Thursday, June 26, 2014

Snowballs from Hell


In August of last year, I was in the process of being diagnosed with a very serious blood disorder.  October 31st, 2014 was the final diagnosis... I had Idiopathic CD4+ Lymphocytopenia - ICL for short.  Yeah, you know that...

After much searching I have finally found a Dr that will work with me.  He cannot cure the ICL, but he can help me with other things.  He understands the seriousness of it and the fact that we have to act with urgency when I get any infection.  He understands a 'cold gone bad' could kill me.  We all get infections, right?  My body cannot recognize I have one, so we have to stay on top of any infection I get.  He gets it.

This Dr was looking at my bloodwork and asked if I had lupus.  "No..."  "Well, it sure looks like you have lupus..."  I came home thinking I had found a quack and immediately e-mailed NIH in Bethesda to tell them I had found a new Dr and he suspected lupus, was this possible?  "Not only possible but likely..."  

Really??  And you were going to tell me this WHEN?  

"Oh, and by the way, your biopsy came back positive for Sarcoidosis as well."

Snowballs from hell...

I look normal.  I "don't look sick" - haven't we all heard that?  I am sick.  I don't have the energy to get out of my own way.  I cannot fight through all the crap anymore.  I don't have the drive to drive myself to the grocery store. I have about 2 good hours in a day, then the fatigue overwhelms me and I just want to crawl into a hole and sleep the rest of the day away.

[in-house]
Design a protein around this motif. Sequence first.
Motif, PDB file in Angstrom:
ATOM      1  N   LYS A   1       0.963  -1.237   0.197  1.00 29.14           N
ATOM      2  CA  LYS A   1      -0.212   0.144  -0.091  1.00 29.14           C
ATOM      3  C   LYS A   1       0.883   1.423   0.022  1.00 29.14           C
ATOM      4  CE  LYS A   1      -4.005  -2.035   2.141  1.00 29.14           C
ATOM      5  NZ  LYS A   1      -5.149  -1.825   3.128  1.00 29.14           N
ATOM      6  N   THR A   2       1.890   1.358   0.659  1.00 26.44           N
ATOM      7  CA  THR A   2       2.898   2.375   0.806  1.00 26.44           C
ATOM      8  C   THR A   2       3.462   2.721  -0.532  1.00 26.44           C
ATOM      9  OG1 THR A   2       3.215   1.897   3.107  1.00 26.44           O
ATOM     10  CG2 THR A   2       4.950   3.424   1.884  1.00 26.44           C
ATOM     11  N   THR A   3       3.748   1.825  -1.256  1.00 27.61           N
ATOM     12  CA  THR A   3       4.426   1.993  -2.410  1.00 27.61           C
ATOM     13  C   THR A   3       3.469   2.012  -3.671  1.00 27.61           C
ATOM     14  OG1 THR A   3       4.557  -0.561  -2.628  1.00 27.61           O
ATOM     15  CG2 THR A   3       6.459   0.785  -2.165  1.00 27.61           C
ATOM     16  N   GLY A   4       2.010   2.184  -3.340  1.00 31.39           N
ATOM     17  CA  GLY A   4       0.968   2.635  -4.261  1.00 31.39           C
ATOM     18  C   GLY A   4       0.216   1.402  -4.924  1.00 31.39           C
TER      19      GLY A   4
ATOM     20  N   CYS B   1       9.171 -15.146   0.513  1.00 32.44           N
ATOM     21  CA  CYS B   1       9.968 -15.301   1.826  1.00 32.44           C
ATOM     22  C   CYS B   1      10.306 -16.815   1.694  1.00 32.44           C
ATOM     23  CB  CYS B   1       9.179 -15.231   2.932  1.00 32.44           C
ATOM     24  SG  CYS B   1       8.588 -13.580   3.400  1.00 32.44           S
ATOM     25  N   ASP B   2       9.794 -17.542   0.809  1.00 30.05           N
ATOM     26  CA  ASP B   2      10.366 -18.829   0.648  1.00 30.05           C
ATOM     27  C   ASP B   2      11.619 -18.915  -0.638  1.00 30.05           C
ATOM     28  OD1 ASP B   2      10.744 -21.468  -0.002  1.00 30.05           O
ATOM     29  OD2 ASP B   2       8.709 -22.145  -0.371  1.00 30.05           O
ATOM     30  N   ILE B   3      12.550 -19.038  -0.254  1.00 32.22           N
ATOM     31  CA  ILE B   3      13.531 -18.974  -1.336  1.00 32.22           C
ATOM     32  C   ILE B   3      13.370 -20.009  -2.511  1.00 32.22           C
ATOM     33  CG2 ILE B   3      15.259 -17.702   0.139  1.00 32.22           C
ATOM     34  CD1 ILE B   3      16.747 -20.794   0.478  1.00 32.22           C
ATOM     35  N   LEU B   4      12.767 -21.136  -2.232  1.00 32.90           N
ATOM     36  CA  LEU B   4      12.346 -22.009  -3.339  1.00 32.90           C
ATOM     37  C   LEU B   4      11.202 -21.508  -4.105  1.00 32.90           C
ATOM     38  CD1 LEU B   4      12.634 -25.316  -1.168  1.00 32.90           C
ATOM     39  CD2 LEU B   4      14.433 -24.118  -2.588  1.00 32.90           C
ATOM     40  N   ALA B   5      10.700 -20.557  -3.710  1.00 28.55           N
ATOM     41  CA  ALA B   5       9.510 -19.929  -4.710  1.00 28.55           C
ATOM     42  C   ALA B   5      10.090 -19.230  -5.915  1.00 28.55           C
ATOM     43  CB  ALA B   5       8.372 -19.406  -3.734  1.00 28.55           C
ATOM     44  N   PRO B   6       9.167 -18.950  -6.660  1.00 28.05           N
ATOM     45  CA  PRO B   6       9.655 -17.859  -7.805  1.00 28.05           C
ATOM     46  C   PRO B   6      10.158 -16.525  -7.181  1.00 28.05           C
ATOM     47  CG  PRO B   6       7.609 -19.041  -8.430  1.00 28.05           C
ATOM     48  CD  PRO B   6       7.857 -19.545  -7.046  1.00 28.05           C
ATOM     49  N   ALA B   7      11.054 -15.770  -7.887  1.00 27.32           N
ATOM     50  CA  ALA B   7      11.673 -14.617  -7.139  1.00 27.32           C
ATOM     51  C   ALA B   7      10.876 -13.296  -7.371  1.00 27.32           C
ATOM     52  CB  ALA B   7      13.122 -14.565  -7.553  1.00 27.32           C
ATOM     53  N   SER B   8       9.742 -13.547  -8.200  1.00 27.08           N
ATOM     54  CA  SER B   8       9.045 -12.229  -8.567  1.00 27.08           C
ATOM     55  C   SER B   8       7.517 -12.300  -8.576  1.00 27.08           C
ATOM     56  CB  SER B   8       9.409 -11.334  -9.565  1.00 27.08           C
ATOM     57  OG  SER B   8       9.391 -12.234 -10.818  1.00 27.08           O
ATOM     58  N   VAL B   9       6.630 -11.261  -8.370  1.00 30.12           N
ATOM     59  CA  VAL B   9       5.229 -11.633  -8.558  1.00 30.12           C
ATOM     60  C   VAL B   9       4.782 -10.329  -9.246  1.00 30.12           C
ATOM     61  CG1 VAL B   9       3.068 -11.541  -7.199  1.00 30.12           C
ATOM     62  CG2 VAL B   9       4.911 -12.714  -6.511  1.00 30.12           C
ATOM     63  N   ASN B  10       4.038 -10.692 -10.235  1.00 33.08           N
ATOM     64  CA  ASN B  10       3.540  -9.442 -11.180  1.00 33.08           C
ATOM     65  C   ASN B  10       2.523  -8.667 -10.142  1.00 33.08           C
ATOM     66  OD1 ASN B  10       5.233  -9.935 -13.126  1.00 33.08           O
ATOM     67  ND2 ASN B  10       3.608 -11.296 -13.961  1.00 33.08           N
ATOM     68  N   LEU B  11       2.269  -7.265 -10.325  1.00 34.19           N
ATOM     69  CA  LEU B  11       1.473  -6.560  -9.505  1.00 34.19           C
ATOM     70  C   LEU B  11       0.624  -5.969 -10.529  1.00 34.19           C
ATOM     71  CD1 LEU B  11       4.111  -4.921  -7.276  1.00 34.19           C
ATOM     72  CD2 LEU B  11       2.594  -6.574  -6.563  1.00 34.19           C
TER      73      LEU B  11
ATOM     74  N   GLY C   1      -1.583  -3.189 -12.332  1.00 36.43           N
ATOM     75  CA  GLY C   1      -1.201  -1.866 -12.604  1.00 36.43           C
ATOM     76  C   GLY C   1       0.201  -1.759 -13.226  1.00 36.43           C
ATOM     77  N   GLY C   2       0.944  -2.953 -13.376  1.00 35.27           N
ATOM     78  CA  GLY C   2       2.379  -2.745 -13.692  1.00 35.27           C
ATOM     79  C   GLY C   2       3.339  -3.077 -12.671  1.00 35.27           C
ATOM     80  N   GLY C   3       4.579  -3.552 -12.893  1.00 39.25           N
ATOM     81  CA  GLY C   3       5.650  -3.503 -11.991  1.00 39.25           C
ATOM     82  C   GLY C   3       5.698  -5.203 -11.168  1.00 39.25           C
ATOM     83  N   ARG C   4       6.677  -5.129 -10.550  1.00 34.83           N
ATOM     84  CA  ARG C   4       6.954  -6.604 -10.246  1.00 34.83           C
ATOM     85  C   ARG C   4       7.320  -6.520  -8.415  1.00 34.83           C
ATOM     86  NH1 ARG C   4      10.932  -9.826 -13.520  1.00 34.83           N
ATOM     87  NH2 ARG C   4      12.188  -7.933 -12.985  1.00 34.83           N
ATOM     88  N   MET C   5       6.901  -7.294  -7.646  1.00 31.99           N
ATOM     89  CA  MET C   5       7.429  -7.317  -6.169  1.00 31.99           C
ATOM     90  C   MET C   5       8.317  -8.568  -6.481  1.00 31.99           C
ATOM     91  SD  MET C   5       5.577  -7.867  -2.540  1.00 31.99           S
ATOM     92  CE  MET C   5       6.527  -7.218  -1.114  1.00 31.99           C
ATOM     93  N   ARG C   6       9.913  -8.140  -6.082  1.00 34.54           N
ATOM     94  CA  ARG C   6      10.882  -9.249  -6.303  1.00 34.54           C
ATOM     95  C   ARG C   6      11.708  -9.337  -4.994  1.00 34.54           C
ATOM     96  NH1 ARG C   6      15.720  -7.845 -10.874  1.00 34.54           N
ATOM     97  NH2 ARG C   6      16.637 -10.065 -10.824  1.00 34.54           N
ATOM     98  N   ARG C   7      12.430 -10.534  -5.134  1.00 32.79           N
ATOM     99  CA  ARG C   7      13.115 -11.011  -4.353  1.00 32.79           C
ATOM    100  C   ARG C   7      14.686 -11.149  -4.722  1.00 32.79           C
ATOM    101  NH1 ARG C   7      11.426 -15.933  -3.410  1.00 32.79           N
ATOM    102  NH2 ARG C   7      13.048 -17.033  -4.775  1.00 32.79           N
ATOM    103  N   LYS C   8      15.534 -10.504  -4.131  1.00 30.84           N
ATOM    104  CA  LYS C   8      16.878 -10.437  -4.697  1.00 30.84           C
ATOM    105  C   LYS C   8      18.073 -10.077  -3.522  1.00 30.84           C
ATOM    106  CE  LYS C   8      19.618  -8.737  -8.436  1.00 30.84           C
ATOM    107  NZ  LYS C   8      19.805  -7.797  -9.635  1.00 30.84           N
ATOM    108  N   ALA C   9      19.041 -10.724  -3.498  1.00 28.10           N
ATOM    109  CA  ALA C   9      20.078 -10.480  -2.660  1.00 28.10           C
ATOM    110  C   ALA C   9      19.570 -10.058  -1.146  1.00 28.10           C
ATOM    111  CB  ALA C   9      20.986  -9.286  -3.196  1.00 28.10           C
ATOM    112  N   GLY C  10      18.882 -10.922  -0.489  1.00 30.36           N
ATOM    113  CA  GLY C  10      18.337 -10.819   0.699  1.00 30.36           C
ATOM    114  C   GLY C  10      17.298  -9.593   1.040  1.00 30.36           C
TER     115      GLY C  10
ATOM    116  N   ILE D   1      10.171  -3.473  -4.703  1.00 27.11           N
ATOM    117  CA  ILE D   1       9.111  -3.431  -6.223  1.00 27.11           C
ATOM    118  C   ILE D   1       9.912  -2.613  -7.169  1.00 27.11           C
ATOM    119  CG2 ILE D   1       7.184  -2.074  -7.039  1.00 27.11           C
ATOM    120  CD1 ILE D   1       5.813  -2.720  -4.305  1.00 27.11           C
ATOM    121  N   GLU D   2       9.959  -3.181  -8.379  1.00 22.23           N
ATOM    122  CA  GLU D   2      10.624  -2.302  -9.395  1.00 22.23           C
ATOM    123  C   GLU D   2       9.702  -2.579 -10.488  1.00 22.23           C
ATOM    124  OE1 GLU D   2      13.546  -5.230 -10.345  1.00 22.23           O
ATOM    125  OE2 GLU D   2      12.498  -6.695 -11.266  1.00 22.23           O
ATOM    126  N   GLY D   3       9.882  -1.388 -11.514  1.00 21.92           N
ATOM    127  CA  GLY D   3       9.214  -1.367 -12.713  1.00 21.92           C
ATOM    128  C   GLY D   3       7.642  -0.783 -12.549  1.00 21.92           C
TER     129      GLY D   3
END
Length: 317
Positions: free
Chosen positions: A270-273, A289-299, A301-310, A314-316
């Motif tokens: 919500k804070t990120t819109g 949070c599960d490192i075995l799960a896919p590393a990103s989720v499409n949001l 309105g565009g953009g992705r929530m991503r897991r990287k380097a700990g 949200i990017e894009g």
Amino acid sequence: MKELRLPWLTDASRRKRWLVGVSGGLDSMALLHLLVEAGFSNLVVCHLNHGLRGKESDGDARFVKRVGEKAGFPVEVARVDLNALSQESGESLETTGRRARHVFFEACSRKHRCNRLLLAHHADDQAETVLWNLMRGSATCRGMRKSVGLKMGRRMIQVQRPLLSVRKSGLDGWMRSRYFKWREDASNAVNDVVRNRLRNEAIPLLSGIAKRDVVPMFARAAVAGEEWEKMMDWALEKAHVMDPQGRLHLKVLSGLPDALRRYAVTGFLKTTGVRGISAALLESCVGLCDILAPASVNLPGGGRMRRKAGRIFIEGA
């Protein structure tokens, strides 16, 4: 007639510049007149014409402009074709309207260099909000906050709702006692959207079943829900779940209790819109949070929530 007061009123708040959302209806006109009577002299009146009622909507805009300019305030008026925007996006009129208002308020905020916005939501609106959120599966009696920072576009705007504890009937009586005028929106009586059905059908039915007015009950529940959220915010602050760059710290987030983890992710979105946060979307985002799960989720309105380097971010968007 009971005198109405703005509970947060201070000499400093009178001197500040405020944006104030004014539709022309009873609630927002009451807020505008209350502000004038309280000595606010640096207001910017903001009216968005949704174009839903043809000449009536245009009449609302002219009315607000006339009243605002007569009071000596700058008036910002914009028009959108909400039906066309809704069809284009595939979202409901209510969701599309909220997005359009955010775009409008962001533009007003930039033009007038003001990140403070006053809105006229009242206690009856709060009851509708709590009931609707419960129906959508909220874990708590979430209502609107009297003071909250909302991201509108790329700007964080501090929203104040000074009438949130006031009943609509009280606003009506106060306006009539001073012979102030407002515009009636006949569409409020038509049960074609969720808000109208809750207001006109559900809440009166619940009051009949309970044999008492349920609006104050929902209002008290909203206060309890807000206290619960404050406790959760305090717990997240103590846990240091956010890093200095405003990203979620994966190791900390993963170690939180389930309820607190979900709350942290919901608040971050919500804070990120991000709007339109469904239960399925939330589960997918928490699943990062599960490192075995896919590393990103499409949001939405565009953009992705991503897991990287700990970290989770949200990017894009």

I try to fight through it - honestly I do.  I cannot explain the exhaustion I feel.  I cannot explain the constant ache to the burning bone I feel.  I cannot explain the hopelessness that comes over me when I don't have the energy to look at a sunset. 

No, I am not depressed.  I am sick.

And what makes me sicker is thinking back at all the Drs that let me down.  I have had low lymphocytes for 12+ years that we can prove.  That was from my yearly comprehensive physicals.  My lymphocytes were low on all of those!  Had a competent Dr seen that, they would have questioned it and we would have found the ICL before the 'critical' stage.  Critical meaning they can no longer help me.  My foundation is gone.  There is no building with no foundation.